National Telecommunications and Information Administration (NTIA) Adds New Mapping Feature to Online Data Explorer
One of the major advantages of NTIA’s surveys on computer and Internet use stems from their very large sample size—approximately 53,000 households representing more than 120,000 people. This allows us to break out results by demographics like age, race, income, and education, as well as by state of residence. Today, we are launching a new feature of our Data Explorer tool enabling users to visualize NTIA’s computer and Internet use data by state, with metrics displayed in a national map.
Users can easily adjust the map to reflect different datasets, while pressing the “Play” button cycles through datasets to show how the country has changed over time. The map view is available for every metric in Data Explorer, such as use of various devices, locations of Internet use, and online activities.
Data Explorer’s new mapping function can also be used to show how location-based services have proliferated in a short period of time. In 2015, 71 percent of American Internet users ages 15 and older used location-based services, including maps, reviews of nearby restaurants, and other applications that rely on GPS or other methods of geolocation. This is a big jump from 2013, when just 39 percent reported this type of activity. The state-by-state map shows that, while there are some considerable variations between different parts of the country, use of location-based services has grown quickly in every state. In Montana, for example, Internet users taking advantage of location-based services surged from 27 percent in 2013 to 67 percent in 2015. And in Illinois, this activity grew from 40 percent to 74 percent.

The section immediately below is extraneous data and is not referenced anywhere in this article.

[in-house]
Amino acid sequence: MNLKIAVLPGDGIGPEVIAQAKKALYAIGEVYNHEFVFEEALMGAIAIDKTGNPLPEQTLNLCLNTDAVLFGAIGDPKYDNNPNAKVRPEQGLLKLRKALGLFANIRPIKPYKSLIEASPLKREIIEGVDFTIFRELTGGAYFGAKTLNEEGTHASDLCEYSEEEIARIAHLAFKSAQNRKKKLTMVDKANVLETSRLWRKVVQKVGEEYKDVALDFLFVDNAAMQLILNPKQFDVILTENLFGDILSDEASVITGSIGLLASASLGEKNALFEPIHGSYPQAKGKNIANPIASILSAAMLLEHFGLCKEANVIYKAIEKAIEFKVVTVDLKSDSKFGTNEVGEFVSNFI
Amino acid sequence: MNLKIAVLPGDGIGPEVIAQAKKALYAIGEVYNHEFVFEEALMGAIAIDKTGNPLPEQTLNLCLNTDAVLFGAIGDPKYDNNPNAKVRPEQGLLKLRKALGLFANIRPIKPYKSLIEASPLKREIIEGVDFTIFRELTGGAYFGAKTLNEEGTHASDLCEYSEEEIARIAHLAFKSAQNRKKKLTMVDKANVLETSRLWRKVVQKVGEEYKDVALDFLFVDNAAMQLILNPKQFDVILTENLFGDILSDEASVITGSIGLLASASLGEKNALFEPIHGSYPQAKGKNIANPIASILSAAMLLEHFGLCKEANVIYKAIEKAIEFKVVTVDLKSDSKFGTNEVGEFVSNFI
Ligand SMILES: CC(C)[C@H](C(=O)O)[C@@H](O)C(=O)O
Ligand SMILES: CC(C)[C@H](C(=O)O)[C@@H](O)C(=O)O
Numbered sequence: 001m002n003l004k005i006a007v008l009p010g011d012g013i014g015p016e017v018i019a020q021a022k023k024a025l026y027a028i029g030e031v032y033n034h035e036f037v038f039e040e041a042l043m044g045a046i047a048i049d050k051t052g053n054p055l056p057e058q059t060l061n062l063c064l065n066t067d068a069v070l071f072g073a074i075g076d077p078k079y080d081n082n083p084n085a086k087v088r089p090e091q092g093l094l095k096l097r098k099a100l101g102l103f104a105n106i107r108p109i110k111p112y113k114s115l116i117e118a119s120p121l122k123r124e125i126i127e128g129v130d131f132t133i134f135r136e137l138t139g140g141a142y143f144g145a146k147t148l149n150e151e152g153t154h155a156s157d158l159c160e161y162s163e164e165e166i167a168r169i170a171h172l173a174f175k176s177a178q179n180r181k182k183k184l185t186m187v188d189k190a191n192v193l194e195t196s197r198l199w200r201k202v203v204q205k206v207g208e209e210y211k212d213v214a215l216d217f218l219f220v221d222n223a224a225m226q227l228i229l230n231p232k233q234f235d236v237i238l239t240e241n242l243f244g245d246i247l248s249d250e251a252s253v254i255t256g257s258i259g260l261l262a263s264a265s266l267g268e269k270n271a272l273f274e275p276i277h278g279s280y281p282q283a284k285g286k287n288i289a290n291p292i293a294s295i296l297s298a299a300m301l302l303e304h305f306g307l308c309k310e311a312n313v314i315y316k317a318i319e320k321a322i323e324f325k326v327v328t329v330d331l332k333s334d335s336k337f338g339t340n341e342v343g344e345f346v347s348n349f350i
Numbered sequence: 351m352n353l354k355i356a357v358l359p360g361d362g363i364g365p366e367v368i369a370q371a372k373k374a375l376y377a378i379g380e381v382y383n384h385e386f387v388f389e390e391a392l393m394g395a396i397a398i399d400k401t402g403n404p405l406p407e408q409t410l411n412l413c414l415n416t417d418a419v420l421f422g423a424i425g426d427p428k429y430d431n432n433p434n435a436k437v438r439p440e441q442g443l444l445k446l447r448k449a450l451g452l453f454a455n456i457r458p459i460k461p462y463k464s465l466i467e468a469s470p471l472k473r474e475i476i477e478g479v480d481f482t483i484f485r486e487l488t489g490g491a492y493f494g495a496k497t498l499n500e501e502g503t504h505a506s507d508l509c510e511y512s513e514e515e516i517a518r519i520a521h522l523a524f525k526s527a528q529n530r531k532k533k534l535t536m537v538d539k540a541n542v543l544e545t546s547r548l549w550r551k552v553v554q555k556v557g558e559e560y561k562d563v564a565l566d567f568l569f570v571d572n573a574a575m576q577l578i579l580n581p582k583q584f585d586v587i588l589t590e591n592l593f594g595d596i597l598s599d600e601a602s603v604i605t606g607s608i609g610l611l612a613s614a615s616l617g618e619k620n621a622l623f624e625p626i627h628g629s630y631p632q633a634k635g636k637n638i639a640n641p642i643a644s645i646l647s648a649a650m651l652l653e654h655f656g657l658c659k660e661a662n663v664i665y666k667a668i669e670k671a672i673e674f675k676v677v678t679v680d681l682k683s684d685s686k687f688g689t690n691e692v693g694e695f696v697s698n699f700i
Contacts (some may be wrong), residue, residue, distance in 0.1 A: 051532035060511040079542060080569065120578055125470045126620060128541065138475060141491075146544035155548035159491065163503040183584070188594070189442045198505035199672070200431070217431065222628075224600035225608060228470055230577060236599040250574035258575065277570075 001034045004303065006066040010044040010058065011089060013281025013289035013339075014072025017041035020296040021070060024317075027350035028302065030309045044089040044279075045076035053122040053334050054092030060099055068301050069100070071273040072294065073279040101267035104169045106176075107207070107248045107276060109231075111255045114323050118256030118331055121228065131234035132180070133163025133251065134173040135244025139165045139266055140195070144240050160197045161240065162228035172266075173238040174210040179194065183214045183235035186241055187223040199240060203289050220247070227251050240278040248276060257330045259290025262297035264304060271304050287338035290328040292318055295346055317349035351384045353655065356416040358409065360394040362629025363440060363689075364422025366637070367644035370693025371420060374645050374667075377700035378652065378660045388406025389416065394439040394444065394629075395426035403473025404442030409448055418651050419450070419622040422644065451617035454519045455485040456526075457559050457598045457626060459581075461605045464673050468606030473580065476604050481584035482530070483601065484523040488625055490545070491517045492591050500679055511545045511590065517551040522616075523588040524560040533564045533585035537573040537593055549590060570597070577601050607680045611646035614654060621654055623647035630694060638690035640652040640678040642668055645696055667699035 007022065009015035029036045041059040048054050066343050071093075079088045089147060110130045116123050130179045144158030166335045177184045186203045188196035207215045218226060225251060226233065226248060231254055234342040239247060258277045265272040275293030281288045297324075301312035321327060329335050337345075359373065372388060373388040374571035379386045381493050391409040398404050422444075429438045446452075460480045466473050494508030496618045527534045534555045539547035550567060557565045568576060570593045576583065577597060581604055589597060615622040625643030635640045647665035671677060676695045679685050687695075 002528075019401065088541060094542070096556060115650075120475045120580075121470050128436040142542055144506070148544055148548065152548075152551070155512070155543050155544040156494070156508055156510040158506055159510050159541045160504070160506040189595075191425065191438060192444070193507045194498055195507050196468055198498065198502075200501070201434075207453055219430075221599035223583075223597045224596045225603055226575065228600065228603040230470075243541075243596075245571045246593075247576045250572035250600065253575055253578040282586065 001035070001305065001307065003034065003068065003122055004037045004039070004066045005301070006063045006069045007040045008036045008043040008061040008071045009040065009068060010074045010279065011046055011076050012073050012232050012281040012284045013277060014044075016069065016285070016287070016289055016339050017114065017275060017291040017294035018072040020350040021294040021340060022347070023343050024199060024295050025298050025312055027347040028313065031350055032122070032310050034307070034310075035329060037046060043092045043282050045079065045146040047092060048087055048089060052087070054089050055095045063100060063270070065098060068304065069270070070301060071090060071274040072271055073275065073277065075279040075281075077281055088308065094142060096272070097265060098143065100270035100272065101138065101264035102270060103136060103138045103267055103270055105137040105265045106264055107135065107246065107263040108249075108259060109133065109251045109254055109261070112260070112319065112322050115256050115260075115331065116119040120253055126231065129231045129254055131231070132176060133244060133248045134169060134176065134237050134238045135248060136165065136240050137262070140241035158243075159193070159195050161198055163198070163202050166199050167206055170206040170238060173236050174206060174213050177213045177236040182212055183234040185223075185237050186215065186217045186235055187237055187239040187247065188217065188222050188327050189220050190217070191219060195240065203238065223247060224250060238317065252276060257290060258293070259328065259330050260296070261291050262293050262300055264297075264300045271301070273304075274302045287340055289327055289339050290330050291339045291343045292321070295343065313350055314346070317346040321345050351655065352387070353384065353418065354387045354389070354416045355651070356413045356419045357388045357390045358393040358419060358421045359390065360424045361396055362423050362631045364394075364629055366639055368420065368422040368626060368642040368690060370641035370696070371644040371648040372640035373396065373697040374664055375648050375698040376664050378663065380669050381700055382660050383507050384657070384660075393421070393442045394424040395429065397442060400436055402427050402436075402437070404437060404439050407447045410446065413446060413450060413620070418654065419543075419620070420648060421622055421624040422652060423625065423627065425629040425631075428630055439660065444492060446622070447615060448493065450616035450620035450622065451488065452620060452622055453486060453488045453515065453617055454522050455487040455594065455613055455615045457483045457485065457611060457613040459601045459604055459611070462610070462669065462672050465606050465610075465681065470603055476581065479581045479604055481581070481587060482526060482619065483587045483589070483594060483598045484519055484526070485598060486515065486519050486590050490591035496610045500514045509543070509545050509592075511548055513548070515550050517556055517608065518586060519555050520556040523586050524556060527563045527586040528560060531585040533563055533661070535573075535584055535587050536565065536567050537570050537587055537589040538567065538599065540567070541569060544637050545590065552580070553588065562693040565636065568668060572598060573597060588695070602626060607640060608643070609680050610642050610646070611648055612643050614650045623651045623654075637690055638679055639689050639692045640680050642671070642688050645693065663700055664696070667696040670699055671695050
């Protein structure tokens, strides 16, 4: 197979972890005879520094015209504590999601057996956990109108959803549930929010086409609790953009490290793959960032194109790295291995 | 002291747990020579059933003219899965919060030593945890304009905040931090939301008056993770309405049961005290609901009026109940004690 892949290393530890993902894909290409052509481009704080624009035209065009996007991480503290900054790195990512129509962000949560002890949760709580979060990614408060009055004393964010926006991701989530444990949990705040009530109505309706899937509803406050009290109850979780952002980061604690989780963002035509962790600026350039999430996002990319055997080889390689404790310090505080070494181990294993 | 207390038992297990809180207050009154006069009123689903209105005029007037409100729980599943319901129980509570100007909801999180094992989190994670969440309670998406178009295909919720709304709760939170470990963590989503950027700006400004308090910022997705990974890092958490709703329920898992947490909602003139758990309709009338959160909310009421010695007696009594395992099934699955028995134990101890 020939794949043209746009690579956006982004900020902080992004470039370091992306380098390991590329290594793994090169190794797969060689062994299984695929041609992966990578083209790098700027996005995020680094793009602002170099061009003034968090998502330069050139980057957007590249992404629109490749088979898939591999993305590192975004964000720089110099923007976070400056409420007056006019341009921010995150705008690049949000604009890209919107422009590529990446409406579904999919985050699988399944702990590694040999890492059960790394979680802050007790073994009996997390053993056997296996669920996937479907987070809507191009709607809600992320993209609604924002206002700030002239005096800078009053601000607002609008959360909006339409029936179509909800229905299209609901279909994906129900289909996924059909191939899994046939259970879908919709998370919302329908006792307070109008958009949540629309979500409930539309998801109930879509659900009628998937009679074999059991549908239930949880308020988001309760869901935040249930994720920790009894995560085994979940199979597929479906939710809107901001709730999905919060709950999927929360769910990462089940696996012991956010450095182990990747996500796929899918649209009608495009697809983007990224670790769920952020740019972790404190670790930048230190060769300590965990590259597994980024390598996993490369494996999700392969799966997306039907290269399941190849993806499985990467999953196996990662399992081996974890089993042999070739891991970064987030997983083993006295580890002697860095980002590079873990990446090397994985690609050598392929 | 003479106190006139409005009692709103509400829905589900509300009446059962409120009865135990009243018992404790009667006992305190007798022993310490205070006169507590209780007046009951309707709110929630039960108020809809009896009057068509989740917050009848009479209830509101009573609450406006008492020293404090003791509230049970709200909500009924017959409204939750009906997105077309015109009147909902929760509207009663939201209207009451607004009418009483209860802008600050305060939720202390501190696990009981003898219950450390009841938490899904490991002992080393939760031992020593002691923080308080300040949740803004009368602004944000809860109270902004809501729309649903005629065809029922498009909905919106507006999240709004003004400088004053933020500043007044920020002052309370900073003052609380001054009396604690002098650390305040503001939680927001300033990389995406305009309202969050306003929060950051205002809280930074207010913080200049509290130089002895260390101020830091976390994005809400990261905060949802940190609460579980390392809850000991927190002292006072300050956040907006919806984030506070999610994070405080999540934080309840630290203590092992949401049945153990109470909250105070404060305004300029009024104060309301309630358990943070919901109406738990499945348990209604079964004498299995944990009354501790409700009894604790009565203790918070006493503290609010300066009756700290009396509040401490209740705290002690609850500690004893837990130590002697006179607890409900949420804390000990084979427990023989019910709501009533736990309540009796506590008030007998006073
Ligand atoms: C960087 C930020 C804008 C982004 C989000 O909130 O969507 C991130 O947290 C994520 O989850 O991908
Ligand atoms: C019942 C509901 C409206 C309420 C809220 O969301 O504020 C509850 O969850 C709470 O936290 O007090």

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About Gary Price
Gary Price (email@example.com) is a librarian, writer, consultant, and frequent conference speaker based in the Washington D.C. metro area. He earned his MLIS degree from Wayne State University in Detroit. Price has won several awards including the SLA Innovations in Technology Award and Alumnus of the Year from the Wayne St. University Library and Information Science Program. From 2006-2009 he was Director of Online Information Services at Ask.com.